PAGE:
|Edward Bouverie Pusey|
Newman’s 1845 conversion to Catholicism shook the Anglican world and while both before and even more after Newman’s reception into the Catholic Church there was a veritable wave of defections from the Church of England with prominent Anglicans, clergy and lay alike, not all leaders of the Oxford Movement “swimming the Tiber.”
The most prominent of those who stayed rooted in his Anglican convictions was John Keble whose sermon “National Apostasy” to open the Oxford Assizes of 1833 triggered the Tractarian Movement. Keble was the son of an Anglican clergyman, also named John Keble. The senior Keble was vicar of Coln Saint Alwyns. The younger Keble was born in 1792 and as a young man attended Corpus Christi College Oxford. He took Holy Orders in 1815 and became a fellow of Oriel College Oxford. He served a number of years as University Examiner before leaving academia and devoting himself to pastoral work. Before giving up Academia for parish ministry, however, he had written his Magnum Opus, The Christian Year, a collection of poems for every Sunday and the major feasts of the Church of England. It captured the romanticism of the early 19th century and even today a number of the poems remain popular in hymn form. The Christian Year won for Keble a professorship of Poetry at Oxford which he held for about thirteen years before taking up parish ministry. He continued to write both poetry and prose through the remainder of his life. During the publication of the Tracts For The Times, Keble wrote Adherence To The Apostolical Succession The Safest Course, On Alterations In The Prayer Book, The Sunday Lessons, The Principle of Selection, Richard Nelson III, Baptism, Sermons For Saints’ Days and Holidays No. 1 Saint Matthias, Sermons for Saints’ Days and Holidays, No. 2 The Annunciation Of The Blessed Virgin Mary, Sermons for Saints’ Days and Holidays No. 3 Saint Mark’s Day, Sermons for Saints’ Days and Holidays No. 4 Saints Philip and James, and On the Mysticism Attributed To The Fathers Of The Church. His younger brother, Thomas Keble, was also a prolific contributor to the Tracts. John Keble had tremendous influence on sparking a renewed interest among Anglicans in their patristic heritage and he knew how to capitalize on the Romantic Movement of the 19th century to awaken an appreciation for so much of what had been jettisoned from Anglicanism both during the Puritan years and the Latitudinarian captivity. His interest in the feasts of the Church and his ability to bring them to popular devotional attention through his poetry was particularly helpful in awakening a liturgical piety in the Church of England.
The other Anglican Divine who remained faithful to the Church of England and took leadership in the Oxford Movement when so many others were becoming Roman Catholics was Edward Bouverie Pusey (1800-1882). Pusey was a member of the junior branch of the Viscounts Folkestone but was himself a commoner. He studied at Eton, matriculated at Christchurch Oxford and was elected to a fellowship at Oriel (as were Keble and Newman). He studied Oriental Languages at Göttingen and when he returned to England was named Regius Professor of Hebrew at Christchurch to which position was also attached a canonry at Christchurch Cathedral. His time at Göttingen exposed him to the German pietists and insured his alienation from the rationalist trends in theological reflection espoused by the Latitudinarians. He was somewhat of a latecomer to the Tractarians but came to publish the following Tracts: Thoughts on the Benefits of the System of Fasting Enjoined by Our Church, Supplement to Tract XVIII Thoughts on the Benefits of the System of Fasting Prescribed by Our Church, Scriptural Views of Holy Baptism, Scriptural Views of Holy Baptism (continued), Scriptural Views of Holy Baptism (concluded), An Ernest Remonstrance to the Author of ‘The Pope’s Letter,’ and Catena Patrum. No. IV. Testimony of Writers in the later English Church to the doctrine of the Eucharistic Sacrifice with an historical account of the changes in the Liturgy as to the expression of that doctrine. In addition he gave a number of remarkable sermons that challenged the Latitudinarian mediocrity into which the Church of England had fallen as well as renouncing the Calvinist doctrines of the sixteenth century. His 1843 sermon “The Holy Eucharist, A Comfort to the Penitent” was so marked a departure from the Calvinist approach to the Sacrament that it led to having his license to preach suspended for two years. He preached two sermons entitled “The Entire Absolution of the Penitent” in 1846 calling for a revival of sacramental confession and absolution in the Church of England. In 1853 he preached a sermon “The Presence of Christ in the Holy Eucharist” which led to drastic changes in liturgical practice as the developing High Church party summoned the courage to abandon the bland trappings of Calvinist worship and restore pre-Reformation practices in the Liturgy. He also wrote a number of books on the Eucharist as well as on the Hebrew Scriptures. His Eirenicon was an attempt to find sufficient common ground for reunion of the Church of England with the Catholic Communion. He didn’t succeed in winning either side to his argument.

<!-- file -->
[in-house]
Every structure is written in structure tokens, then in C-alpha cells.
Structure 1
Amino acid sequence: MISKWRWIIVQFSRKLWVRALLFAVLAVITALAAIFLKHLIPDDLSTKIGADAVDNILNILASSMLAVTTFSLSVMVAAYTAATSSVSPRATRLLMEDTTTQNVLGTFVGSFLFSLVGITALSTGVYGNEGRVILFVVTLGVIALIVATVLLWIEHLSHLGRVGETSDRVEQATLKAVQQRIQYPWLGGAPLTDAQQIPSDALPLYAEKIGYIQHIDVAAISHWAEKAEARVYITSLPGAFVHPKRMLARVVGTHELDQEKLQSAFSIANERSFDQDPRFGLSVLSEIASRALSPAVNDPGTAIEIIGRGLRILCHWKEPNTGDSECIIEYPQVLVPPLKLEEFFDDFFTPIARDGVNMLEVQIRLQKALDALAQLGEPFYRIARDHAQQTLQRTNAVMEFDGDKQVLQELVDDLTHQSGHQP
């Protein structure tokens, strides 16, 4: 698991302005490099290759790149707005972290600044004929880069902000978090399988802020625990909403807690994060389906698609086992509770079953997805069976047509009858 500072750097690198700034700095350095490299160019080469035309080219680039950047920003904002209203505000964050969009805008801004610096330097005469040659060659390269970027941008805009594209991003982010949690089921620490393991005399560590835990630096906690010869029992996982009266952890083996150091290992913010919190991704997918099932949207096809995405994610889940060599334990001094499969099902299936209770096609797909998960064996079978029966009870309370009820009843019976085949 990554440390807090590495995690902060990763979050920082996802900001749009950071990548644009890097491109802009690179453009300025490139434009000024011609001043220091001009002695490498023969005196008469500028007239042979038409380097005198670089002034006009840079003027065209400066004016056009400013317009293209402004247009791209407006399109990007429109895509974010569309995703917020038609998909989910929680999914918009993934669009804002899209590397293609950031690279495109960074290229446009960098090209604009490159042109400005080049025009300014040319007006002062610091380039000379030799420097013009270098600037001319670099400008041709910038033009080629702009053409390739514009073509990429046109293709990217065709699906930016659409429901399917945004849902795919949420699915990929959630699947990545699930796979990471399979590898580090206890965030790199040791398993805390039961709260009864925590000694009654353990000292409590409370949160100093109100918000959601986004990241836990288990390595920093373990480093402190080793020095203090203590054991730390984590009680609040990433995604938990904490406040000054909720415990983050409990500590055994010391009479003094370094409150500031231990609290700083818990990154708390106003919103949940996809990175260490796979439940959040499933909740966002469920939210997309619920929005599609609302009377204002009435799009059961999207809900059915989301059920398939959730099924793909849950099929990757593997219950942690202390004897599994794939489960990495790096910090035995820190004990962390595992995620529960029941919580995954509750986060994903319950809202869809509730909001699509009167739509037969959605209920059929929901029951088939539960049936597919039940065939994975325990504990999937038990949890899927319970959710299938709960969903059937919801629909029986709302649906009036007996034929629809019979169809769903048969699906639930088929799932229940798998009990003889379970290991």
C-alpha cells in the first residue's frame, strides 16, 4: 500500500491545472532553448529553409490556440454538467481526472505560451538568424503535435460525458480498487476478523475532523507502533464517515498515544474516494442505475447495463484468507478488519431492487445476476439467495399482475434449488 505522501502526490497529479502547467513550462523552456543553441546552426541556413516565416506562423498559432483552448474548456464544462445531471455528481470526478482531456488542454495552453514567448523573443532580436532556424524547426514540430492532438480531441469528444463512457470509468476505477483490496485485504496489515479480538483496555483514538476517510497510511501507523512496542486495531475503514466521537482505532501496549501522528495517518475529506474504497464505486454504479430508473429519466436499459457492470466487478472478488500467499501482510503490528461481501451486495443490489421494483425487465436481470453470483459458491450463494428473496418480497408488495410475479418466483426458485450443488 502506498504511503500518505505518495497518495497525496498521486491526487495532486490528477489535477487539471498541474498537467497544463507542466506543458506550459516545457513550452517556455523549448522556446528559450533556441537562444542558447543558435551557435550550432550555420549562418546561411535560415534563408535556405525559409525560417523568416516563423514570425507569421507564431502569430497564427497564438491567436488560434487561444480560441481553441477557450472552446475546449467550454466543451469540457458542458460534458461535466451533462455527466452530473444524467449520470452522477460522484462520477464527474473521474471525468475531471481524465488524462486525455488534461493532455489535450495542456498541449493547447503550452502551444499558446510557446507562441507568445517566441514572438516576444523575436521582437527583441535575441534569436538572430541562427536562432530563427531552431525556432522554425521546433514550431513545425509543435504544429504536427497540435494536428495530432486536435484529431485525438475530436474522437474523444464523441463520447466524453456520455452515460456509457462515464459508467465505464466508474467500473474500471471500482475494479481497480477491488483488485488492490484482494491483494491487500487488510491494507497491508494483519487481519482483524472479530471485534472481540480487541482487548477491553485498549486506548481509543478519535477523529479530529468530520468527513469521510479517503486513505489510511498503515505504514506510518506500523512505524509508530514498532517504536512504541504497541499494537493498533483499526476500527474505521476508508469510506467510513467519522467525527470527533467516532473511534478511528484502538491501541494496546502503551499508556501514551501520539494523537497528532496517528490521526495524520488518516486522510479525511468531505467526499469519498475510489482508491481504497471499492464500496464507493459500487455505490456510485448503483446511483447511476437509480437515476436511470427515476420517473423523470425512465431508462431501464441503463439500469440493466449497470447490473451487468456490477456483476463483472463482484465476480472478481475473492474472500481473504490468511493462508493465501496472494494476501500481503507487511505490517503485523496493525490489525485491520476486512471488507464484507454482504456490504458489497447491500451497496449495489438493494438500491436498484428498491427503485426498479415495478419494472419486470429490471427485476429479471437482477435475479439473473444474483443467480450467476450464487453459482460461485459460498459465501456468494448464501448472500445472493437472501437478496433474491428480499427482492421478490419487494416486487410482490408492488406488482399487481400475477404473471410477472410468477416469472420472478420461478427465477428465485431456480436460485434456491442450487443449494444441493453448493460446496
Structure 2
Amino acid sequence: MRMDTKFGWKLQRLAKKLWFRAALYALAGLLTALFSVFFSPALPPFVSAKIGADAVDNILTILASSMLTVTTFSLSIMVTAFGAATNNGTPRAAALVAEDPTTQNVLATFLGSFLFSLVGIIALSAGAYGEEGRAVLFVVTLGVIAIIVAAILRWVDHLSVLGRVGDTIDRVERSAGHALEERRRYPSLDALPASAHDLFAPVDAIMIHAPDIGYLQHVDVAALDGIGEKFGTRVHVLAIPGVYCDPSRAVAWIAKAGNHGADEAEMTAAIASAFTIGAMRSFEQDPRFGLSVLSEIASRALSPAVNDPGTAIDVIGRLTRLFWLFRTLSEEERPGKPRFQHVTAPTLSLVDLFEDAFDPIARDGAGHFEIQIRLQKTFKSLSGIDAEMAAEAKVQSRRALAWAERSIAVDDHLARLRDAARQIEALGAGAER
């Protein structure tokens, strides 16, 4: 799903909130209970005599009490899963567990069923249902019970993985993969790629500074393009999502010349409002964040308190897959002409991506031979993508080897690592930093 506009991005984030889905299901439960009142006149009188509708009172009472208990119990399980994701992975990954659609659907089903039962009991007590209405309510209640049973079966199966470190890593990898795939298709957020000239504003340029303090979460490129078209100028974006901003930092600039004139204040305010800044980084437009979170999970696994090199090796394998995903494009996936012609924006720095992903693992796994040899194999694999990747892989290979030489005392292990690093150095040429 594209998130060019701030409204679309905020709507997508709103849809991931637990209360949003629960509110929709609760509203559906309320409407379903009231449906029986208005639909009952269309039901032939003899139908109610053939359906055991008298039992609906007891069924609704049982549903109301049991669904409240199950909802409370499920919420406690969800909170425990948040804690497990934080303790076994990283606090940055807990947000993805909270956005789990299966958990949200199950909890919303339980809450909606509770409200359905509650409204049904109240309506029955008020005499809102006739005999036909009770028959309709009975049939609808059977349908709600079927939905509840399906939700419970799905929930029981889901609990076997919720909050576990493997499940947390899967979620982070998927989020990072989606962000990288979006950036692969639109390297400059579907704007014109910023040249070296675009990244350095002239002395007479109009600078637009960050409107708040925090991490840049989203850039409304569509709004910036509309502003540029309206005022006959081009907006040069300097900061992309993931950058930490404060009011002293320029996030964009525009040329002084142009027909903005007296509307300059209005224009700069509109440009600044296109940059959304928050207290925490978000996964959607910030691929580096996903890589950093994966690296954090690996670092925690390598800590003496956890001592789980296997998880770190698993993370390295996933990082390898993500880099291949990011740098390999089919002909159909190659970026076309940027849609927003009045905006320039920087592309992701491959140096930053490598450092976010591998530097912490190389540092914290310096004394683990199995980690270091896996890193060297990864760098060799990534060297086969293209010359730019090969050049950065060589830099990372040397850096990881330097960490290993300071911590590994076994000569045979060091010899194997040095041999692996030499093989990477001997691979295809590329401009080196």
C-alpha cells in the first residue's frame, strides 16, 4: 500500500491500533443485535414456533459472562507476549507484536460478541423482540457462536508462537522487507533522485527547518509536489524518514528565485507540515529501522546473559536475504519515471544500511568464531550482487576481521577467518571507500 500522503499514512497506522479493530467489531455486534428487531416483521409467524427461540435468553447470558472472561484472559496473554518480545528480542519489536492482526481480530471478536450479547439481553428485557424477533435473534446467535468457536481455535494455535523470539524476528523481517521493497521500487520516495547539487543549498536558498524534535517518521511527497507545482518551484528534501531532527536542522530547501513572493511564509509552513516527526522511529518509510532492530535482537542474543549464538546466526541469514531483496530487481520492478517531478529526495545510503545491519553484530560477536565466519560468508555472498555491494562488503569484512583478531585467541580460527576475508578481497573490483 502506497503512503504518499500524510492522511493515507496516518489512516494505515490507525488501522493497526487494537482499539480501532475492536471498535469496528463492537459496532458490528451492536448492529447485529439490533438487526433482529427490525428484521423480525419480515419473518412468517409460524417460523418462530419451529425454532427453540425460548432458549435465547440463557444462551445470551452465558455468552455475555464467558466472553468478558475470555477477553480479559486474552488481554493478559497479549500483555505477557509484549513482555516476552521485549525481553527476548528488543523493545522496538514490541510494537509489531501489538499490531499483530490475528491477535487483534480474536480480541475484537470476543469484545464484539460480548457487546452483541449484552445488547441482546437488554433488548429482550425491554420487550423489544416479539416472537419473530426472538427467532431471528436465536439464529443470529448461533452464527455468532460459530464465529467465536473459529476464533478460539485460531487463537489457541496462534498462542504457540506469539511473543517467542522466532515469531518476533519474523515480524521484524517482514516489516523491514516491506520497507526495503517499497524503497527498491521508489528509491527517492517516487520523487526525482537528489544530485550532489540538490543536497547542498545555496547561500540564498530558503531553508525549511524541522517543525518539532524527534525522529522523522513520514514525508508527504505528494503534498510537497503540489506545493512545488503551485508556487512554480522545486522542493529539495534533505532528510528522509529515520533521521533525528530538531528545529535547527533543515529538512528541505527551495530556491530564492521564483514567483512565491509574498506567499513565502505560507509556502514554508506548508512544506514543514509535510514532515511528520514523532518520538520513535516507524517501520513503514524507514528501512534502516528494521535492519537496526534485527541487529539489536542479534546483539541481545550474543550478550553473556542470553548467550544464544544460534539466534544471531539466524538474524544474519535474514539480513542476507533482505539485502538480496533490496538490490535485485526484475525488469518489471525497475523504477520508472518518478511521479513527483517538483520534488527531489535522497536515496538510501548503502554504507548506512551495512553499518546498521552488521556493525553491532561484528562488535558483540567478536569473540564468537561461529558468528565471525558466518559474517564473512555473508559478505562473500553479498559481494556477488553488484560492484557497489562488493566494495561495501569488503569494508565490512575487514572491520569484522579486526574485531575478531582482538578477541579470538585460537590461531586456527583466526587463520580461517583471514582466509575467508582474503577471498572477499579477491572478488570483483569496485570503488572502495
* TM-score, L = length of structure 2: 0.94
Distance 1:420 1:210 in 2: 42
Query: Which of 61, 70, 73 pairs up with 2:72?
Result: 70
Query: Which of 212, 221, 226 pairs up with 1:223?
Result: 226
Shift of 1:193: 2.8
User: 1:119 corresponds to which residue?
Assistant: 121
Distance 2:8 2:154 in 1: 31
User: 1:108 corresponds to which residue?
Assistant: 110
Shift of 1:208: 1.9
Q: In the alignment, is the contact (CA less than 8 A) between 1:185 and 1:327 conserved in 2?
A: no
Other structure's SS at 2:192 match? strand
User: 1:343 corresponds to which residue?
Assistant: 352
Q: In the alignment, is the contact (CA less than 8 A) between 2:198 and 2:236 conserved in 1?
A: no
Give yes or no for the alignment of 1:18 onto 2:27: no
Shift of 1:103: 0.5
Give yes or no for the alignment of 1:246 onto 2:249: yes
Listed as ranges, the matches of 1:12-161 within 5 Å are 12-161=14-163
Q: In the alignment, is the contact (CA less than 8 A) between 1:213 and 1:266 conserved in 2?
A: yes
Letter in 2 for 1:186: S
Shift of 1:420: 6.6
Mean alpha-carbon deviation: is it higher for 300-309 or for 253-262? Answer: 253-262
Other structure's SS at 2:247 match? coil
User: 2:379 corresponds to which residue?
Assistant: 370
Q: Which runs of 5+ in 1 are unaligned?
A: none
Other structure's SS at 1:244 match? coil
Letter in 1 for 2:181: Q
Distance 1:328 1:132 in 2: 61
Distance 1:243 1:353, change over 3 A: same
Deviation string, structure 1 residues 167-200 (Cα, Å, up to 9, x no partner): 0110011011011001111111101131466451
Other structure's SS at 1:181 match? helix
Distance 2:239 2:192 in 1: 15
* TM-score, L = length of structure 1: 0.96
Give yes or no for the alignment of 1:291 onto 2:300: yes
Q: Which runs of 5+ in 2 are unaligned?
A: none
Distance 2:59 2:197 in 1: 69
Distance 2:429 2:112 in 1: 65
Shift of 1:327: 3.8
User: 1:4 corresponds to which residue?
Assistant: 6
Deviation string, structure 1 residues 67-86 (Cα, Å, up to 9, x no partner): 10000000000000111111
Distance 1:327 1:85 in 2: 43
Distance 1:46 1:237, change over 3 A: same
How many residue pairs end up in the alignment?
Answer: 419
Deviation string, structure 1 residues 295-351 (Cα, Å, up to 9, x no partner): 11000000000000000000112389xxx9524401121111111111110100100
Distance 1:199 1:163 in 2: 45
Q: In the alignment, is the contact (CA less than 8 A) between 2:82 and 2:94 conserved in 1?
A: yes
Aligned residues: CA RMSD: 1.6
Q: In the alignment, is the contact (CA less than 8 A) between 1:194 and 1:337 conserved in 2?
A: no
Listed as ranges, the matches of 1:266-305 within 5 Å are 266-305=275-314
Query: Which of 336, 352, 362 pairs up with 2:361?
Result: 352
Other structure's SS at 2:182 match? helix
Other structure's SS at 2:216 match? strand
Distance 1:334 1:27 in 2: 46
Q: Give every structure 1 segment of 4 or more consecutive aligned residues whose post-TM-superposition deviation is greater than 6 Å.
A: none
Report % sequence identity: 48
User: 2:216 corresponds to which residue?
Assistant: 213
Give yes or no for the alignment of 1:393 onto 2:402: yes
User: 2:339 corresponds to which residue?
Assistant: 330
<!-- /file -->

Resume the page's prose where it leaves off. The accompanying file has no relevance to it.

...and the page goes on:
Ironically while his works on the Eucharist led to a ritualistic revival in the Church of England, Pusey himself remained quite Protestant in his own liturgical style and was not in favor of wholesale copy of Catholic or Pre-Reformation ritual. The liturgical exuberance—and even excesses—for which the High Church party would become (in)famous were for the disciples of Pusey and Keble more than for the masters themselves but they did provide the theological framework for a “Catholic Revival.”